Truss finally admits defeat on tax breaks for the rich

Prime Minister Liz Truss tried to keep her cool over the course of a tense Sunday at the Conservative Party conference in Birmingham, but finally admitted defeat in her hotel suite around 11pm.

Truss and her chancellor, Kwasi Kwarteng, met at the Hyatt Regency to consider whether a key chunk of his “mini-budget” could be salvaged. The verdict, as they sat somberly in a private room high above the city, was a resounding “no.”

Her quick about-face on his plan to scrap the top 45p tax rate announced just nine days earlier was the culmination of a series of tense discussions after his financial report sparked turmoil in financial markets and sparked widespread anger among Tory MPs voters.

Throughout Sunday, politics looked increasingly at risk. Michael Gove, the influential former cabinet minister, appeared on the BBC Sunday with Laura Kuenssberg program to argue that it is “displaying false values”.

Truss told colleagues she didn’t want the row over scrapping the 45p rate – which would benefit people earning more than £150,000 and costing up to £3billion a year – to be “the defining issue of my premiership”. going, and it was right for him to cut back their losses quickly. “It’s not the fight I wanted,” she said.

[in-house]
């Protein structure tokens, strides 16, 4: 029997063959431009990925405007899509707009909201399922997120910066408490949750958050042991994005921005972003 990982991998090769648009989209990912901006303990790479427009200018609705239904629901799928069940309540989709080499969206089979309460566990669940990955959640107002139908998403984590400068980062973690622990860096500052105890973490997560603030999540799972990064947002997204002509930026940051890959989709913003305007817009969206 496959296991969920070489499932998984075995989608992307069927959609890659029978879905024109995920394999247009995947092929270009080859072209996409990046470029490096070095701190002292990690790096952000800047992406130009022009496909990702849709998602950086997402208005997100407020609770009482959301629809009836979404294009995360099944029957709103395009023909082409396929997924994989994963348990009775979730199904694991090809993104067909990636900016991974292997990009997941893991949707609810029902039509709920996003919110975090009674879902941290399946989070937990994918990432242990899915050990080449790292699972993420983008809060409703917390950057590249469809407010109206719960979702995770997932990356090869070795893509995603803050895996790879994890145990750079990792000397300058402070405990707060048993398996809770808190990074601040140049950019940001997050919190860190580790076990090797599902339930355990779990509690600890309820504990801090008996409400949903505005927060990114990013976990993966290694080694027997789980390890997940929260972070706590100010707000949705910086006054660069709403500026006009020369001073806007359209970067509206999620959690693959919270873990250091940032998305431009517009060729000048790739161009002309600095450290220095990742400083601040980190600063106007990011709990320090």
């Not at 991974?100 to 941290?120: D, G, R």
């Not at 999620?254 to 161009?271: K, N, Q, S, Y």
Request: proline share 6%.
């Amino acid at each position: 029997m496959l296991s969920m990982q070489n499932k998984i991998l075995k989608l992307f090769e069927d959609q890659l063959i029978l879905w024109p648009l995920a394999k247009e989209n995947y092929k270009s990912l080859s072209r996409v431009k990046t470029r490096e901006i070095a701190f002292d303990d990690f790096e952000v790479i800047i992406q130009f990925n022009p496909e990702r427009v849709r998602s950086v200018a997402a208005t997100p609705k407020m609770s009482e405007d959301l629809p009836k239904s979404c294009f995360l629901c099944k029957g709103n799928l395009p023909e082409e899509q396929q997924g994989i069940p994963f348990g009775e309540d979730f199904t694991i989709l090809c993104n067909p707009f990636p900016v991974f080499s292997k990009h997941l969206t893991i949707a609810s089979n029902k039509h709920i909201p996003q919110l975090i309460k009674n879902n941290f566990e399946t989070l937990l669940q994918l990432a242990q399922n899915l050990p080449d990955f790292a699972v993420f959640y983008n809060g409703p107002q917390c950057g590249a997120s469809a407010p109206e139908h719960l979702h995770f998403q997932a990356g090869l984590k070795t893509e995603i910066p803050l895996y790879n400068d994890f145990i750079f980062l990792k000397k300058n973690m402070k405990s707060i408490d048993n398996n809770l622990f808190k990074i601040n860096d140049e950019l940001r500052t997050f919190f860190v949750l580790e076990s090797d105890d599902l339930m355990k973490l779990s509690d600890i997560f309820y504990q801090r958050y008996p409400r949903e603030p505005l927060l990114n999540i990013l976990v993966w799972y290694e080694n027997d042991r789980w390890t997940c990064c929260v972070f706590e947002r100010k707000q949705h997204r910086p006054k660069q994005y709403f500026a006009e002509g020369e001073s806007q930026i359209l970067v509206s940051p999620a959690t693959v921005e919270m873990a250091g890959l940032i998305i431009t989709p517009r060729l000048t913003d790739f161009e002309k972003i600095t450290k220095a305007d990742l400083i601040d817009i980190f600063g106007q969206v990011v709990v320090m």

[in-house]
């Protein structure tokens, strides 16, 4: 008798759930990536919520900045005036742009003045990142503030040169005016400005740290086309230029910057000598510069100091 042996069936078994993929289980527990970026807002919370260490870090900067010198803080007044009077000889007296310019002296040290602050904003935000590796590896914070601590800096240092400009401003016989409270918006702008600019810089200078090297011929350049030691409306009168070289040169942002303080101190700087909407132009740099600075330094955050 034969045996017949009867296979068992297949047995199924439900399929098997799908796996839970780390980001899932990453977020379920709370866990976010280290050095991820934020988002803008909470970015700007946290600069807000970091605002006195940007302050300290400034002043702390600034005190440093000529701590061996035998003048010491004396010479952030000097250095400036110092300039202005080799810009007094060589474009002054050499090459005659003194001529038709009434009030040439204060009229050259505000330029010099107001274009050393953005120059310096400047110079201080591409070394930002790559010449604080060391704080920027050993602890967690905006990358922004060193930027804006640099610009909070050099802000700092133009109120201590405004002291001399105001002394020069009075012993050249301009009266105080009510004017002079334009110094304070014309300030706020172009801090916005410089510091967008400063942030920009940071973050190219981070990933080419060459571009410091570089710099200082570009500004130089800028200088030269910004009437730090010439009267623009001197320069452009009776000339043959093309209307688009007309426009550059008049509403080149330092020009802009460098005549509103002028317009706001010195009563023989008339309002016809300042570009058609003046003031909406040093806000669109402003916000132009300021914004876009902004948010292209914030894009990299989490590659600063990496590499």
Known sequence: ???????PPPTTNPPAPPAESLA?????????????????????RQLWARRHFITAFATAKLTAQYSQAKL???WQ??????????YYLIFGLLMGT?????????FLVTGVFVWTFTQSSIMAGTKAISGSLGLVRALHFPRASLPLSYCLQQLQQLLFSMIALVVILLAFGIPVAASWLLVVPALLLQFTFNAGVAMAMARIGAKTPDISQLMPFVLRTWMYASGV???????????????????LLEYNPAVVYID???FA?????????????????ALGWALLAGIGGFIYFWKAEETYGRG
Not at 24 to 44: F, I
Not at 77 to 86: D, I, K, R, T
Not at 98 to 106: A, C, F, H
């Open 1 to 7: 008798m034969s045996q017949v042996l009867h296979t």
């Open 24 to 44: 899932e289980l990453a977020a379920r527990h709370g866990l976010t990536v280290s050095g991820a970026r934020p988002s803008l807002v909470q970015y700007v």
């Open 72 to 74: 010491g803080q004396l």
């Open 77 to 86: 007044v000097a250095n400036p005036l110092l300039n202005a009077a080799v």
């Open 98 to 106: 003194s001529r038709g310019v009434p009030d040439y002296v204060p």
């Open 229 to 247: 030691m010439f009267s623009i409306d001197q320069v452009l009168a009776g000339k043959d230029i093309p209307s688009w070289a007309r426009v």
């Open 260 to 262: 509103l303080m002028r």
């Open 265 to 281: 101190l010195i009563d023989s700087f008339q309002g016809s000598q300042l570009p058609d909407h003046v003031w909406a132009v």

The cancellation of the policy was a crushing blow to the authority of Truss and Kwarteng – co-authors of the September 23 mini-budget – but they had no choice. “We had to tear down the plaster,” said a government insider.

The Prime Minister and Chancellor realized that amid the cost of living crisis, politics had bombarded the public: Tory MPs’ inboxes were overflowing with hundreds of angry messages from voters.

Many Conservative MPs had said they would not vote for the plan to abolish the 45p rate, making a defeat in the House of Commons certain. One said it’s crazy to think a Tory government could push through public spending cuts – to show ministers can reduce public debt over the medium term – while cutting taxes on the wealthy.

Kwarteng confirmed the turnaround in a tweet around 7.30am on Monday and said: “We get it. We listened.” He then had to endure a steamy BBC radio interview to explain the withdrawal.